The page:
Almost two million households will see fixed-rate mortgage deals end this year, with most facing the prospect of higher monthly payments.
What options do borrowers have?
What’s happening to mortgage rates?
About 20% of residential mortgage-holders have variable rate or tracker loans, totalling about 1.6 million households in the UK.
Their monthly repayment rises whenever the Bank of England increases its benchmark interest rate, which it has done 10 times in a row.
A typical homeowner on an average tracker deal now pays almost £400 more a month than in December 2021, when rates started to rise.
Fixed-rate mortgages are different. The monthly payment stays the same for the length of the deal – usually two or five years. About 78% of mortgage holders – some 6.5 million homeowners – have this type of mortgage.
When these deals expire, borrowers automatically move onto their lender’s standard variable rate (SVR), which tends to be much more expensive. At the moment SVRs are typically 7% or 8%.
It is thought that 1.8 million fixed deals will end in 2023.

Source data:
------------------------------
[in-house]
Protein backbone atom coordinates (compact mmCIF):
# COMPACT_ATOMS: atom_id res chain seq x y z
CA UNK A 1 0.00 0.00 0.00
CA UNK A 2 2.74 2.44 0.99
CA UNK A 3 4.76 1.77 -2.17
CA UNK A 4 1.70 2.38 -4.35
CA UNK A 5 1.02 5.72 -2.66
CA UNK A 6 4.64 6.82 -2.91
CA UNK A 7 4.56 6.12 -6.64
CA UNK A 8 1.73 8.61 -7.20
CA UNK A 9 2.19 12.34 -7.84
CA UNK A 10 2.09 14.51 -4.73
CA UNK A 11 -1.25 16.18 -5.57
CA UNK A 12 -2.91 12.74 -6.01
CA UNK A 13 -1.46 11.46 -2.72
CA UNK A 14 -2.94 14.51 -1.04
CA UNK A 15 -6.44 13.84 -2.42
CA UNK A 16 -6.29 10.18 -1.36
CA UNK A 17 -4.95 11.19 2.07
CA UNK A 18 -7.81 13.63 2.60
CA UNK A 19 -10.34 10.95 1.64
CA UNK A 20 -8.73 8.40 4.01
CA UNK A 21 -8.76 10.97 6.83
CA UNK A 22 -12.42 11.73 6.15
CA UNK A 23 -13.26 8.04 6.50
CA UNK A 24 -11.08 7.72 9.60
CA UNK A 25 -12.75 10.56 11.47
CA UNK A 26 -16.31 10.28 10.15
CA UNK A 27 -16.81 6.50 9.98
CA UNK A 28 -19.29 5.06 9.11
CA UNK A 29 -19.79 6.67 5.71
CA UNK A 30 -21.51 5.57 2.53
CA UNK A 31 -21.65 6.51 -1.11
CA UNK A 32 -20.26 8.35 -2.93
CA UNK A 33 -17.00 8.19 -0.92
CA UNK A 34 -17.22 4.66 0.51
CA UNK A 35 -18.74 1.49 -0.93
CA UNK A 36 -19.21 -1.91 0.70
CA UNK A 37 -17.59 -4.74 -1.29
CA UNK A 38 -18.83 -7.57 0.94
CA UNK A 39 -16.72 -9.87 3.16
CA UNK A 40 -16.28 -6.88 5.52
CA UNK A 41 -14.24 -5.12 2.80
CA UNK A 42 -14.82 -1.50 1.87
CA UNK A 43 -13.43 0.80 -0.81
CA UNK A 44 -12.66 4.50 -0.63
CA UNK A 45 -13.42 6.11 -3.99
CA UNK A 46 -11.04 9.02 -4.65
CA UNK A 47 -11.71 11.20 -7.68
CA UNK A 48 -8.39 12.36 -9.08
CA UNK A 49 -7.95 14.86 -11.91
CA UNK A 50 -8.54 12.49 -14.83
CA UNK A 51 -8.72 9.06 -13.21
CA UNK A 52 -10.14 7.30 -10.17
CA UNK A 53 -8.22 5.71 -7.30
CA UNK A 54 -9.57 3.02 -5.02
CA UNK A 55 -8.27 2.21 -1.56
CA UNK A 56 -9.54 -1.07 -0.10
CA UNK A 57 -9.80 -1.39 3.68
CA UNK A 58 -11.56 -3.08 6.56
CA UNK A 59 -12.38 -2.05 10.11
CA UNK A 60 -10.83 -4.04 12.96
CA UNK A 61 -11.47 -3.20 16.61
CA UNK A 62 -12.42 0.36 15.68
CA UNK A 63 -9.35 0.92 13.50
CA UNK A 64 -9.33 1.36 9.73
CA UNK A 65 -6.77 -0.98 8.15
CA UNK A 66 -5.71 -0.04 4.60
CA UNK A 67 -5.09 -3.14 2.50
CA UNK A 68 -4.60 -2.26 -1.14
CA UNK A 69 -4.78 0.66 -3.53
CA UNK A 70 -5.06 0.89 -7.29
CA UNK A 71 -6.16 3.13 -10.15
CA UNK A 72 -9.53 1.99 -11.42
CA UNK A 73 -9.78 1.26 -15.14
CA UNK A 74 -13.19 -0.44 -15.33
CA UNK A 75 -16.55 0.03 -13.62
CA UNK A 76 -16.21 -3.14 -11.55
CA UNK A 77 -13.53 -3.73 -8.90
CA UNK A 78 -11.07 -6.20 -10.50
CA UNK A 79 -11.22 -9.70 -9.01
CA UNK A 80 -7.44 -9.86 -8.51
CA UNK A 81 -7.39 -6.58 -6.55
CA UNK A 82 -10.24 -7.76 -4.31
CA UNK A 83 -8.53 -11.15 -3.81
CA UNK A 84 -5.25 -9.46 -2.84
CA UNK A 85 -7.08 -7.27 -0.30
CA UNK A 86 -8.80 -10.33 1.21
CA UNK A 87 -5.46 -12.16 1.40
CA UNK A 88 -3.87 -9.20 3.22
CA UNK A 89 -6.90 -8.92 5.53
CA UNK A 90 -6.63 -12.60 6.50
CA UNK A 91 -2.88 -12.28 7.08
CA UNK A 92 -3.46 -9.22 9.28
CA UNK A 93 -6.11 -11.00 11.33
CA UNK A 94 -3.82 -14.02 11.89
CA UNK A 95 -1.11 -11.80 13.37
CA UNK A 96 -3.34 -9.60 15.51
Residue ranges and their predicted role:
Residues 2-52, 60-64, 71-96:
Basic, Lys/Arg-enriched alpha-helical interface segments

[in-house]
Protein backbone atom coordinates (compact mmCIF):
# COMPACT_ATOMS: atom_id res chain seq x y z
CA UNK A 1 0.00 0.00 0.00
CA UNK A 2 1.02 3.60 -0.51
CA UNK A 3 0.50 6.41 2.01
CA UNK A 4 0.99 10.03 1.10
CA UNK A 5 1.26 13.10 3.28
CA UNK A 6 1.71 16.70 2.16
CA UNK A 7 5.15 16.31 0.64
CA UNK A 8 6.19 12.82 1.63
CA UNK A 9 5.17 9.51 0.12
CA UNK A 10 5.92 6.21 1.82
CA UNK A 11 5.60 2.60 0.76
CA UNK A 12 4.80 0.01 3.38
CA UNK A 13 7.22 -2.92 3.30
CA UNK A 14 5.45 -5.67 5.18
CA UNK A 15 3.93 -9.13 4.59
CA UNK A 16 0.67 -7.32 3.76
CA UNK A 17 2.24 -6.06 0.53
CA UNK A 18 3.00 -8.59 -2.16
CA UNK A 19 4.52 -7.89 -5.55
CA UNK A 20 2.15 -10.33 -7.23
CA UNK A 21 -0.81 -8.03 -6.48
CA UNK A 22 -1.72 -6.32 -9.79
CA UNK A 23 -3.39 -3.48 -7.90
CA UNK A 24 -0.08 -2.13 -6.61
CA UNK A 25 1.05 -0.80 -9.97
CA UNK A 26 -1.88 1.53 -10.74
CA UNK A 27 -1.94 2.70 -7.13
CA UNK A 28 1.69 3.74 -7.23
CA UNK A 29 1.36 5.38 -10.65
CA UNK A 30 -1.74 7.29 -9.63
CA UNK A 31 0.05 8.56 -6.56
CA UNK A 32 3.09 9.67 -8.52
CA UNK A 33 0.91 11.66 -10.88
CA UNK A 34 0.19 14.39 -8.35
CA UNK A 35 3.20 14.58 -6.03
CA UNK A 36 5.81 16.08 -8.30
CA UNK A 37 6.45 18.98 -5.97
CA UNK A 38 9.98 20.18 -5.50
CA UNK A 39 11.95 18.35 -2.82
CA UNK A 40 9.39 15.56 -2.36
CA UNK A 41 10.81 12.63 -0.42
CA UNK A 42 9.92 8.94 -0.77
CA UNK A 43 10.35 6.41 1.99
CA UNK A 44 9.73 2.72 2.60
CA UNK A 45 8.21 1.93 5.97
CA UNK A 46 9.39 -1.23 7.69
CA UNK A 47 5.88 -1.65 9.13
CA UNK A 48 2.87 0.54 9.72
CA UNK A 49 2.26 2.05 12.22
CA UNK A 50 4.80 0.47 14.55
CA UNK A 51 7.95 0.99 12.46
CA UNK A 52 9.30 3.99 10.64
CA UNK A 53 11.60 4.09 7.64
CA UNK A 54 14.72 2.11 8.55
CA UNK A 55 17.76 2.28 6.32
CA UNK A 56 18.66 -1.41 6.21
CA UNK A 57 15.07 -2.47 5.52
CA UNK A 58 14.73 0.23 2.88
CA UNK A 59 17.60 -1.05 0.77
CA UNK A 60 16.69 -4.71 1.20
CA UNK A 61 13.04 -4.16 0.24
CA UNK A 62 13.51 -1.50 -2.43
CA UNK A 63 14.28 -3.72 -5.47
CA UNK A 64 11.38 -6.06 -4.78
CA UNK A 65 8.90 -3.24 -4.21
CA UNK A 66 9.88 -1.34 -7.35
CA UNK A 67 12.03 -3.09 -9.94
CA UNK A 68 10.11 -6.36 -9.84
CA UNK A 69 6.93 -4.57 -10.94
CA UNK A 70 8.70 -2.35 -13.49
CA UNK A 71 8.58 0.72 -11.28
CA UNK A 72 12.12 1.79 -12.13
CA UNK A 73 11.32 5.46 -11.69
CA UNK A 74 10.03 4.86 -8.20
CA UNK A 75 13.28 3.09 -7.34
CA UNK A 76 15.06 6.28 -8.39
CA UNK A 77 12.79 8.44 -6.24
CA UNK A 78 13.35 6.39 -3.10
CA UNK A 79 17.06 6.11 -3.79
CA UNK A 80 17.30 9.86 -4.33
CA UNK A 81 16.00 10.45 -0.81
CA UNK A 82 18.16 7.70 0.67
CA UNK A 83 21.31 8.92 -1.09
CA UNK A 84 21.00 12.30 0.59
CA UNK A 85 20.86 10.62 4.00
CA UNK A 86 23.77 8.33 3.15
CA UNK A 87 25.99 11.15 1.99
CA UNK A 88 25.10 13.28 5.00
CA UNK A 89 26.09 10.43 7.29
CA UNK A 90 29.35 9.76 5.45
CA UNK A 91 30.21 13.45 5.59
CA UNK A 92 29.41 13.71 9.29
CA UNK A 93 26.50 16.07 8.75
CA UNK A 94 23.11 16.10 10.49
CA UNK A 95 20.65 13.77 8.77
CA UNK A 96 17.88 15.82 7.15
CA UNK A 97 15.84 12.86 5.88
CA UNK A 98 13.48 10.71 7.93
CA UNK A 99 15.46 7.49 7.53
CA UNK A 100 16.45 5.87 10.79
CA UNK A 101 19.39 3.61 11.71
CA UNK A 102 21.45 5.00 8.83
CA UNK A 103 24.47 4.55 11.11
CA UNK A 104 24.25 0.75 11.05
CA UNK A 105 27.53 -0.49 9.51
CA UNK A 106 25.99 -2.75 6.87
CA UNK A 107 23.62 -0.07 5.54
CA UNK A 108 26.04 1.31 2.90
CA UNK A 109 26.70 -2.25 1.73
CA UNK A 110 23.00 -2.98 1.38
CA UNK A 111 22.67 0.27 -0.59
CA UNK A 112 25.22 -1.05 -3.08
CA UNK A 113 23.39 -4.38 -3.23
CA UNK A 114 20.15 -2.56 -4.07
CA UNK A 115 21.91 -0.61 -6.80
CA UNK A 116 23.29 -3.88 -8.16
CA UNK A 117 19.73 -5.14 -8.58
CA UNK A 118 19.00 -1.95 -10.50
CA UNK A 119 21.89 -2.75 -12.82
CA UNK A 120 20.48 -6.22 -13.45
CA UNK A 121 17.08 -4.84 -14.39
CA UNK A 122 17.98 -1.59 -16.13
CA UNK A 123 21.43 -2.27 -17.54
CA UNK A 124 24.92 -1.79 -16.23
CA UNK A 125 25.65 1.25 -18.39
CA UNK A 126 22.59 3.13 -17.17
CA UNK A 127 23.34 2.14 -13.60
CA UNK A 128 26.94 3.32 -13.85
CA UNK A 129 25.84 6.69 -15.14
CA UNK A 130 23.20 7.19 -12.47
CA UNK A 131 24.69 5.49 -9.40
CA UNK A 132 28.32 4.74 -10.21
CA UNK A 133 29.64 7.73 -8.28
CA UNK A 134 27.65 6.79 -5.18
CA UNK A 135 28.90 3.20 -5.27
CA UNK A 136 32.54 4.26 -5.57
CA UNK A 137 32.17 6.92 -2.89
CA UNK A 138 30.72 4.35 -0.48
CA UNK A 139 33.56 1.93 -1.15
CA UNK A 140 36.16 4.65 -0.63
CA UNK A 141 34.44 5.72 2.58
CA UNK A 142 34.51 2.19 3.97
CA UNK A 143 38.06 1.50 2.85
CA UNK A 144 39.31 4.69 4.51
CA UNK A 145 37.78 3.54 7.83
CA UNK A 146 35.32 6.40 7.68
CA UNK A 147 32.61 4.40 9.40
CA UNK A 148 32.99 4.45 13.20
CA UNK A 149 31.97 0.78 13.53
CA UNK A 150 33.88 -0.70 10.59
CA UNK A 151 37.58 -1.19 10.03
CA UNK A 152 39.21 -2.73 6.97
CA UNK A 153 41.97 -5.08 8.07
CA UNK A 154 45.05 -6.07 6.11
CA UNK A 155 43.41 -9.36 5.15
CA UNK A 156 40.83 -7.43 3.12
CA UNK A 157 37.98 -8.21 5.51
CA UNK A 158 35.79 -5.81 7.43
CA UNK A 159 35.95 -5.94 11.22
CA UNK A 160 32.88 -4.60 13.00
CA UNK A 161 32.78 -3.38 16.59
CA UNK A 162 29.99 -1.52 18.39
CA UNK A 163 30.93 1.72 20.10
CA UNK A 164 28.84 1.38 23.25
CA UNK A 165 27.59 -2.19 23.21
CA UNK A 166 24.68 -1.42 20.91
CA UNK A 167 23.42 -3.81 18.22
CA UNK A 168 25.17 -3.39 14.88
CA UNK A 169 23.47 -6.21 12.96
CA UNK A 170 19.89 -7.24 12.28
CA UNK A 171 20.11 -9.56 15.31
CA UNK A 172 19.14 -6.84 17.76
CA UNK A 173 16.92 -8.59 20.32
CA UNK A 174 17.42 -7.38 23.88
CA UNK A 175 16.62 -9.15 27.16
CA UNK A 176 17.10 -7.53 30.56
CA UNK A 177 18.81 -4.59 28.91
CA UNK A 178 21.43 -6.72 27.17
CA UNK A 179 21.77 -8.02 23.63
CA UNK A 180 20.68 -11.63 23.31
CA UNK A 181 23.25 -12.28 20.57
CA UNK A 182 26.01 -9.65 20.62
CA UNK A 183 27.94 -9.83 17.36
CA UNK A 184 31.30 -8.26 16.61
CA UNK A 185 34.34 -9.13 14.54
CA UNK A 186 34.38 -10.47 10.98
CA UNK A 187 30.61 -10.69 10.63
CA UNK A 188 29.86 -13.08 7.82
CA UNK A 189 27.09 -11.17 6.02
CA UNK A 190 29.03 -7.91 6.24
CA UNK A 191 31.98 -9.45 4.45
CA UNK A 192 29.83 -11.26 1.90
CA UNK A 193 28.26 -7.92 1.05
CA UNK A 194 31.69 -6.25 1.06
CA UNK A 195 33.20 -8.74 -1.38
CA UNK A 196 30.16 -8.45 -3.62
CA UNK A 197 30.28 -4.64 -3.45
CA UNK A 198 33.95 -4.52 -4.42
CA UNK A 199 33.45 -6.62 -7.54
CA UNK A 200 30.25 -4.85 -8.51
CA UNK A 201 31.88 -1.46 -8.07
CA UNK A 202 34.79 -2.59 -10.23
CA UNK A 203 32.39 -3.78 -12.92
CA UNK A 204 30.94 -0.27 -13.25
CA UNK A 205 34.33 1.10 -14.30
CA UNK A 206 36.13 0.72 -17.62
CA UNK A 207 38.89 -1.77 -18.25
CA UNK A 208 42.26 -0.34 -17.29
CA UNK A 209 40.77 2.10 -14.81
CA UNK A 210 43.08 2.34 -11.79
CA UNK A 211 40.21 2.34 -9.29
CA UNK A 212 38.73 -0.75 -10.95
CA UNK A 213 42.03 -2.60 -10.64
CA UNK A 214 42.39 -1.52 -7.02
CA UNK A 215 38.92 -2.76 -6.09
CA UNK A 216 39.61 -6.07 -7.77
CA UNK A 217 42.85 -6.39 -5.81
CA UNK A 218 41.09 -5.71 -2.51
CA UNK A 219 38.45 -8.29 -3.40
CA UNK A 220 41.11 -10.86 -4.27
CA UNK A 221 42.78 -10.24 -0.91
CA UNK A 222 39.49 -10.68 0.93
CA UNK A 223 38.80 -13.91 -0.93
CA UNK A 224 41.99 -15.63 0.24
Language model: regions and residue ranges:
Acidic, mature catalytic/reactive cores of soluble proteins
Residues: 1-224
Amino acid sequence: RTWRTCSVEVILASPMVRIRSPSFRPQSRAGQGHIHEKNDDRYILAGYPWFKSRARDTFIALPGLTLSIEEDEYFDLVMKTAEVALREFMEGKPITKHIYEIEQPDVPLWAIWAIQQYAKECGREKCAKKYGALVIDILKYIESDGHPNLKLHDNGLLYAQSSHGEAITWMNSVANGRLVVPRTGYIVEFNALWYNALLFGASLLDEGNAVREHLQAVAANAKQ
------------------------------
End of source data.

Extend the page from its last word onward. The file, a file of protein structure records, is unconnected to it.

At this point, the vast majority of borrowers take out a new fixed-rate mortgage with the same lender or a rival. About three-quarters use a broker to find a deal.
But the fixed-rate deals available now are much more expensive than they used to be. A couple of years ago, the best deals were at 1% whereas the best rates now are 4%.
Average rates – which had already been rising – soared after the September mini-budget, but have dropped back since.
Even so, many homeowners face the prospect of paying hundreds of pounds more a month on their mortgage repayments.
My deal is expiring, what should I do?
Dig out your paperwork, to check when your deal ends and your current interest rate.
Get organised. Lenders usually let you secure an offer within six months of the end of your current deal. It generally takes at least four weeks to complete a mortgage offer. Leave it too late and you could end up paying the more expensive SVR for a period between deals.
Look at your budget to decide what you can afford. Your income or circumstances may have changed since your last mortgage. The more complex your situation, the narrower the choice of deals, and the longer it can take to process.